Pearce, Christopher R.; Coe, Angela L. and Cohen, Anthony S.
Seawater redox variations during the deposition of the Kimmeridge Clay Formation, United Kindom (Upper Jurassic): evidence from molybdenum isotopes and trace metal ratios.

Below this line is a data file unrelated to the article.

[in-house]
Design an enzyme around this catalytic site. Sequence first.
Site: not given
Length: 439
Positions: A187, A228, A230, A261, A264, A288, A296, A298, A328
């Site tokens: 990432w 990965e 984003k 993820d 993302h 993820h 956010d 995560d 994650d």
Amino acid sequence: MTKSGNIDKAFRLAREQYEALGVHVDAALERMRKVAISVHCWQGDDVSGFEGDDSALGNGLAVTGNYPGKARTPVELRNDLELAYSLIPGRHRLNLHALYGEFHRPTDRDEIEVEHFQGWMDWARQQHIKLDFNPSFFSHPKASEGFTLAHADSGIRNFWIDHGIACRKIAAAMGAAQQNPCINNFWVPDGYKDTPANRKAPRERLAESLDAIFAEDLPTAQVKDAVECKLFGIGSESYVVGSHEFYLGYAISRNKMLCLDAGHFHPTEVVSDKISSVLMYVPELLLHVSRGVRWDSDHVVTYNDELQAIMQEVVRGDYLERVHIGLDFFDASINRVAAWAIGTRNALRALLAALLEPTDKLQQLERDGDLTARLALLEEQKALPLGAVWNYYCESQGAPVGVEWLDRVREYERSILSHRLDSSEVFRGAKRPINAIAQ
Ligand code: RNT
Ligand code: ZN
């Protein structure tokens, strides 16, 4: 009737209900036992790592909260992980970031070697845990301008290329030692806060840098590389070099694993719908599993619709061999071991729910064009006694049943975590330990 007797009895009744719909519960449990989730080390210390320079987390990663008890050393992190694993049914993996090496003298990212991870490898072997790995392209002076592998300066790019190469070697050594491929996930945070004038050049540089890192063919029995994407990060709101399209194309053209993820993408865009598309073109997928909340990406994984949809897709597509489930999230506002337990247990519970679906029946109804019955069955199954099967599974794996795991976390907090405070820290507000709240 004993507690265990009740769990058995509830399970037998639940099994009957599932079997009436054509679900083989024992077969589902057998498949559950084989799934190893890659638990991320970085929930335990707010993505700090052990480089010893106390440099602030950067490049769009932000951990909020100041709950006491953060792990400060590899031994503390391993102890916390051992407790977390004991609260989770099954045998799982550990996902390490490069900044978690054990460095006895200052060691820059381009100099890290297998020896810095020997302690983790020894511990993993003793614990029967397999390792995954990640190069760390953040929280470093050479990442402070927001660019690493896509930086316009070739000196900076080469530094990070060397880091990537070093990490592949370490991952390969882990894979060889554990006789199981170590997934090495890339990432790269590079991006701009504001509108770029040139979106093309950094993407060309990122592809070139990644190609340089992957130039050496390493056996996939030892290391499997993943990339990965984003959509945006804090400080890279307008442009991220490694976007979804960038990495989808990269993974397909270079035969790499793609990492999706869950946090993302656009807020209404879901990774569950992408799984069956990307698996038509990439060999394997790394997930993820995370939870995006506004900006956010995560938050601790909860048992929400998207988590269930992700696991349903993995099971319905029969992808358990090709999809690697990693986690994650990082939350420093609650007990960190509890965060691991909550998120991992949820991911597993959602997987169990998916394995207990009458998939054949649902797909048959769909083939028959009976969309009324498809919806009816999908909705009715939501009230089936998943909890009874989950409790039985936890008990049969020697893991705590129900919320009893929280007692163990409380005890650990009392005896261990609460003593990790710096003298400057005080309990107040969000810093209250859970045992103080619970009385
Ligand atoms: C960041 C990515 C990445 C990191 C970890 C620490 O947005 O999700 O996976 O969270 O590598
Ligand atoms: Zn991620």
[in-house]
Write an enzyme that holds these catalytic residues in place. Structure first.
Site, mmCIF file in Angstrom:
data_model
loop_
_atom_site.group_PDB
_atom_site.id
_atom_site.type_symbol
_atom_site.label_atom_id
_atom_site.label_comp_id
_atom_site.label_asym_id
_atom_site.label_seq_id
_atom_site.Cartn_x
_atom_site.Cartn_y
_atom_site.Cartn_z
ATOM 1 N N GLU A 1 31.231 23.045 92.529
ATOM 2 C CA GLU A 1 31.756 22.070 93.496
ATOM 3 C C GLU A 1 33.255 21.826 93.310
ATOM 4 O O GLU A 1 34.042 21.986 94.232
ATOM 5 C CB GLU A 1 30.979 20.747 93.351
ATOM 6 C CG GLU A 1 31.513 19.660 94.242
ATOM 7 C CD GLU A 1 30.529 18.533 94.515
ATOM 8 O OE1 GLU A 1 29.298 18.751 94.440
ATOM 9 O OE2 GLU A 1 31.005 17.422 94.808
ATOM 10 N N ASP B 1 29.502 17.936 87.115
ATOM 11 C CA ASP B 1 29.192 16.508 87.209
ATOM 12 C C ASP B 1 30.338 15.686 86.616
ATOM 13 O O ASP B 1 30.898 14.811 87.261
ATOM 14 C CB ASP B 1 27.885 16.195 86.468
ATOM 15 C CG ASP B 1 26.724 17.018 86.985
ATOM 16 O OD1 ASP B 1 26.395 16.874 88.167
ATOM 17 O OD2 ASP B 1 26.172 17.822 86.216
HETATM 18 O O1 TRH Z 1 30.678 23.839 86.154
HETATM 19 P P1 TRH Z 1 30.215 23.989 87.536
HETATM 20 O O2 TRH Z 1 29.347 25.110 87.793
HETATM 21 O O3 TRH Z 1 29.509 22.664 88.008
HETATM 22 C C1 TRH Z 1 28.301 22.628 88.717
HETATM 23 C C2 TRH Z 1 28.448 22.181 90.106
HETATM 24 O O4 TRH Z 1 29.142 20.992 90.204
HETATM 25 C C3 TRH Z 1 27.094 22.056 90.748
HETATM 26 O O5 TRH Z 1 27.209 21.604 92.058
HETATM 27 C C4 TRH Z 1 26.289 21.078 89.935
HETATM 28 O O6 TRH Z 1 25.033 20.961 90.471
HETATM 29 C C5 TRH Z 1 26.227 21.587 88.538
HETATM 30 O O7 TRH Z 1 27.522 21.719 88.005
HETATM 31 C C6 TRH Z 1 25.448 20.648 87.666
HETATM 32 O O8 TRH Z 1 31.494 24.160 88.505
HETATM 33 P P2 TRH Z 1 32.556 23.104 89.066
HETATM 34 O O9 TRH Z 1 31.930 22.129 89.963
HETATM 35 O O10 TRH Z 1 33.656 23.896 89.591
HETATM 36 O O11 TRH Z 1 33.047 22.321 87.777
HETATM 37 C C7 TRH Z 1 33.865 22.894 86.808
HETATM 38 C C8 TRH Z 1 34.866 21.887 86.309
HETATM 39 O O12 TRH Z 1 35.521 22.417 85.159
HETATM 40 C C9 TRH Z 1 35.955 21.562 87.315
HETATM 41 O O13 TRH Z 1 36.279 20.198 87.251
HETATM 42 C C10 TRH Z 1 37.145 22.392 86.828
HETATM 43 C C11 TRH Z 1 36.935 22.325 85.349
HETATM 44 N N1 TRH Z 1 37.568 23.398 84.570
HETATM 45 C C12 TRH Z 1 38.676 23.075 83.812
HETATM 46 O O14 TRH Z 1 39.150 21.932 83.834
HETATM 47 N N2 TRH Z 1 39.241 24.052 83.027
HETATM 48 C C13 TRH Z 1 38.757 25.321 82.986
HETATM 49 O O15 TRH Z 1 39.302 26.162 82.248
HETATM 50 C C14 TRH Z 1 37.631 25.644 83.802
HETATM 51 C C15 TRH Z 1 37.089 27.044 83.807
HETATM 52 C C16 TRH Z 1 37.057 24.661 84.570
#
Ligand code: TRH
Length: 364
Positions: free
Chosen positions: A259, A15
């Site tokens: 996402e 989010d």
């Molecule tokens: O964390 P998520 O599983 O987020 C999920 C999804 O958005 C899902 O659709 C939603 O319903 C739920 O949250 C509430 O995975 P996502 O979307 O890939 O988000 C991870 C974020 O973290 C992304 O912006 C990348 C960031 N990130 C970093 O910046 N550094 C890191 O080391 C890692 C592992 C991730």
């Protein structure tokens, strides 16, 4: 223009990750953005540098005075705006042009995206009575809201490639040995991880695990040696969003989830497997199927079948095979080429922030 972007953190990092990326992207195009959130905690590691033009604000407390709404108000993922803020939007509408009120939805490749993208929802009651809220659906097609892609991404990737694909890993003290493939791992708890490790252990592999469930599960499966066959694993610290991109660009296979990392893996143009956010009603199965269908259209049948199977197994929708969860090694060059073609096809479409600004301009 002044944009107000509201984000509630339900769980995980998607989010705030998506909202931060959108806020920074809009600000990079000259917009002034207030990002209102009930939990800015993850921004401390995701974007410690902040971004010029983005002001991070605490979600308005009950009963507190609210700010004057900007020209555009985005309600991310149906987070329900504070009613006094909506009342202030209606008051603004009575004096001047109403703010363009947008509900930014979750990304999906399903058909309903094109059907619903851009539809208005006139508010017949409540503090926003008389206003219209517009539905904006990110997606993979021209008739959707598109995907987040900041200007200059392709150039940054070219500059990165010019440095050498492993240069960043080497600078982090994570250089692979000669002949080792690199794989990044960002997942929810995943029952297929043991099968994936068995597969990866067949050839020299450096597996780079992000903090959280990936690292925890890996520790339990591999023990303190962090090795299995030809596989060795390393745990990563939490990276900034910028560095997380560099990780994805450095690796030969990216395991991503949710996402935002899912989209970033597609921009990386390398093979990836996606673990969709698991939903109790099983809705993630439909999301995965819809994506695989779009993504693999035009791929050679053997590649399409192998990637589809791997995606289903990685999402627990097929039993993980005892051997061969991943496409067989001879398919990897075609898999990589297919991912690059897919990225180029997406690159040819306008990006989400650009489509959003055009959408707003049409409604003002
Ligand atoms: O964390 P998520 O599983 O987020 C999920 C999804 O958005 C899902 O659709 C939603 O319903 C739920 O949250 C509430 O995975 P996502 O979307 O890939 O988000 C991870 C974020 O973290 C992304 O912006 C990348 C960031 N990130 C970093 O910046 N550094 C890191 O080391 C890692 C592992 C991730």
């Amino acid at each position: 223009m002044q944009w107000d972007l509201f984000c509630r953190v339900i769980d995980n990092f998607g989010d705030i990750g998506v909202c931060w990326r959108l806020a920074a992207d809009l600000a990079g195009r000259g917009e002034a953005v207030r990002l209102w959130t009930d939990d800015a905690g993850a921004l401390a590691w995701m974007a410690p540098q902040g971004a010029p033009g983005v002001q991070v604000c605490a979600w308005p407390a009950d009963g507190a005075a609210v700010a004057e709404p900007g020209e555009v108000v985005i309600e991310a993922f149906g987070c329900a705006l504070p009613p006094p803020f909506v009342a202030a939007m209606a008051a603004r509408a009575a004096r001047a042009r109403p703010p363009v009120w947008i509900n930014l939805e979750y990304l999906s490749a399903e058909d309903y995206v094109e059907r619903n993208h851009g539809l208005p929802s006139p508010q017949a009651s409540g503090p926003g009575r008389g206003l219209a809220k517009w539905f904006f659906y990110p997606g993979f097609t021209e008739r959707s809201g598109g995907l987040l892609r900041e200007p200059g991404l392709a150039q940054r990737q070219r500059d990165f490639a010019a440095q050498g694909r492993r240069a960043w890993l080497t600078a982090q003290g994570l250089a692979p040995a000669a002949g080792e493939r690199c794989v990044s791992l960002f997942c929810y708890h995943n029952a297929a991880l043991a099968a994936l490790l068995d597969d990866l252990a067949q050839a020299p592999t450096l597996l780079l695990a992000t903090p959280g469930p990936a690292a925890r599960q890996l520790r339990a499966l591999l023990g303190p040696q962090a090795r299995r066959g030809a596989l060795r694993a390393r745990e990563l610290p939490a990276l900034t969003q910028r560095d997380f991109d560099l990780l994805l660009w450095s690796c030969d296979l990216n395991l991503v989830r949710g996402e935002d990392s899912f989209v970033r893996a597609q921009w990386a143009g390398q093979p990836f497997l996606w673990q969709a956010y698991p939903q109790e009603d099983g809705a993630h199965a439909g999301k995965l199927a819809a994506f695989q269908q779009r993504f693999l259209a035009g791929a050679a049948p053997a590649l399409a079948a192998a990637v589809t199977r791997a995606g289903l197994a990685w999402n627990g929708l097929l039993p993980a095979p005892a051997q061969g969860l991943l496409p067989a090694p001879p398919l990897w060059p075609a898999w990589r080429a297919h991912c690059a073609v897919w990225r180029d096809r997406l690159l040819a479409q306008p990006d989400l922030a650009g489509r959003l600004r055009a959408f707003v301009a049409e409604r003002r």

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The Kimmeridge Clay Formation (KCF) and its equivalents worldwide represent one of the most prolonged periods of organic carbon accumulation of the Mesozoic. In this study, we use the molybdenum (Mo) stable isotope system in conjunction with a range of trace metal paleoredox proxies to assess how seawater redox varied both locally and globally during the deposition of the KCF. Facies with lower organic carbon contents (TOC 1-7 wt%) were deposited under mildly reducing (suboxic) conditions, while organic?rich facies (TOC >7 wt%) accumulated under more strongly reducing (anoxic or euxinic) local conditions. Trace metal abundances are closely linked to TOC content, suggesting that the intensity of reducing conditions varied repeatedly during the deposition of the KCF and may have been related to orbitally controlled climate changes. Long-term variations in δ98/95Mo are associated with the formation of organic-rich intervals and are related to third-order fluctuations in relative sea level. Differences in the mean δ98/95Mo composition of the organic-rich intervals suggest that the global distribution of reducing conditions was more extensive during the deposition of the Pectinatites wheatleyensis and lower Pectinatites hudlestoni zones than during the deposition of the upper Pectinatites hudlestoni and Pectinatites pectinatus zones. The global extent of reducing conditions during the Kimmerigidan was greater than today but was less widespread than during the Toarcian (Early Jurassic) oceanic anoxic event. This study also demonstrates that the Mo isotope system in Jurassic seawater responded to changes in redox conditions in a manner consistent with its behavior in present-day sedimentary environments.
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